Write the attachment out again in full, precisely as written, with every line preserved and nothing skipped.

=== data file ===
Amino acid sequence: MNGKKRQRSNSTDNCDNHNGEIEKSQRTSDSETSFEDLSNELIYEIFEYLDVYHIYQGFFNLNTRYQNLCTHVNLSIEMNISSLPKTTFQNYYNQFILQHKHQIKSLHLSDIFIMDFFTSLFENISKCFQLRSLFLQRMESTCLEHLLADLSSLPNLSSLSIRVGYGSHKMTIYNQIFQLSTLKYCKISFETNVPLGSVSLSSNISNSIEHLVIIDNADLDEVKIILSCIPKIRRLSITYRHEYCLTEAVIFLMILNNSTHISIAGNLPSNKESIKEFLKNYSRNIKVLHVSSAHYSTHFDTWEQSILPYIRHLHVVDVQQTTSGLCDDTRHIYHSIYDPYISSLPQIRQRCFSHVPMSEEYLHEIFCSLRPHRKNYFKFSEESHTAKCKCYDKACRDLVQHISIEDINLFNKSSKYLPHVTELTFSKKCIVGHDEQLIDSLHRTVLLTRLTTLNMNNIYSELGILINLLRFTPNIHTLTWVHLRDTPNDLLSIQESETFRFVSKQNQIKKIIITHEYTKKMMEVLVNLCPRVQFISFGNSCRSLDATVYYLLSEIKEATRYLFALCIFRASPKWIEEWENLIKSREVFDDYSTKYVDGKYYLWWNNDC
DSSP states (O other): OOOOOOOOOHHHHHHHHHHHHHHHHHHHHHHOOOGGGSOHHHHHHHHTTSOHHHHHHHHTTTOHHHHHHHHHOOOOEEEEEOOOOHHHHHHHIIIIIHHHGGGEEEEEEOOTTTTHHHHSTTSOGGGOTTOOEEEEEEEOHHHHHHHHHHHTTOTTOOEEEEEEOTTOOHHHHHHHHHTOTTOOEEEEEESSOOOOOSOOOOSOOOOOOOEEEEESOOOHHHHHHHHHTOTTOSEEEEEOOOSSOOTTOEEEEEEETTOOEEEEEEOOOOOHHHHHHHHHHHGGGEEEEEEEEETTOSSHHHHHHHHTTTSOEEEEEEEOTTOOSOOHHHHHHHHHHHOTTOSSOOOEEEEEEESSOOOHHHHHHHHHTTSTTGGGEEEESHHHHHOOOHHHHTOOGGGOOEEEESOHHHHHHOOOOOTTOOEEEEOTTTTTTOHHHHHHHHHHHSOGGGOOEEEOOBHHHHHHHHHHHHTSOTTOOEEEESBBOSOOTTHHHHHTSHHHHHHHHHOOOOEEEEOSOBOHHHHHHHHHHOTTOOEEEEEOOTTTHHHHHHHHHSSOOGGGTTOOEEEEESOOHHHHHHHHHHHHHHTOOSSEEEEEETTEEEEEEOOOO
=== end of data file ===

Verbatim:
Amino acid sequence: MNGKKRQRSNSTDNCDNHNGEIEKSQRTSDSETSFEDLSNELIYEIFEYLDVYHIYQGFFNLNTRYQNLCTHVNLSIEMNISSLPKTTFQNYYNQFILQHKHQIKSLHLSDIFIMDFFTSLFENISKCFQLRSLFLQRMESTCLEHLLADLSSLPNLSSLSIRVGYGSHKMTIYNQIFQLSTLKYCKISFETNVPLGSVSLSSNISNSIEHLVIIDNADLDEVKIILSCIPKIRRLSITYRHEYCLTEAVIFLMILNNSTHISIAGNLPSNKESIKEFLKNYSRNIKVLHVSSAHYSTHFDTWEQSILPYIRHLHVVDVQQTTSGLCDDTRHIYHSIYDPYISSLPQIRQRCFSHVPMSEEYLHEIFCSLRPHRKNYFKFSEESHTAKCKCYDKACRDLVQHISIEDINLFNKSSKYLPHVTELTFSKKCIVGHDEQLIDSLHRTVLLTRLTTLNMNNIYSELGILINLLRFTPNIHTLTWVHLRDTPNDLLSIQESETFRFVSKQNQIKKIIITHEYTKKMMEVLVNLCPRVQFISFGNSCRSLDATVYYLLSEIKEATRYLFALCIFRASPKWIEEWENLIKSREVFDDYSTKYVDGKYYLWWNNDC
DSSP states (O other): OOOOOOOOOHHHHHHHHHHHHHHHHHHHHHHOOOGGGSOHHHHHHHHTTSOHHHHHHHHTTTOHHHHHHHHHOOOOEEEEEOOOOHHHHHHHIIIIIHHHGGGEEEEEEOOTTTTHHHHSTTSOGGGOTTOOEEEEEEEOHHHHHHHHHHHTTOTTOOEEEEEEOTTOOHHHHHHHHHTOTTOOEEEEEESSOOOOOSOOOOSOOOOOOOEEEEESOOOHHHHHHHHHTOTTOSEEEEEOOOSSOOTTOEEEEEEETTOOEEEEEEOOOOOHHHHHHHHHHHGGGEEEEEEEEETTOSSHHHHHHHHTTTSOEEEEEEEOTTOOSOOHHHHHHHHHHHOTTOSSOOOEEEEEEESSOOOHHHHHHHHHTTSTTGGGEEEESHHHHHOOOHHHHTOOGGGOOEEEESOHHHHHHOOOOOTTOOEEEEOTTTTTTOHHHHHHHHHHHSOGGGOOEEEOOBHHHHHHHHHHHHTSOTTOOEEEESBBOSOOTTHHHHHTSHHHHHHHHHOOOOEEEEOSOBOHHHHHHHHHHOTTOOEEEEEOOTTTHHHHHHHHHSSOOGGGTTOOEEEEESOOHHHHHHHHHHHHHHTOOSSEEEEEETTEEEEEEOOOO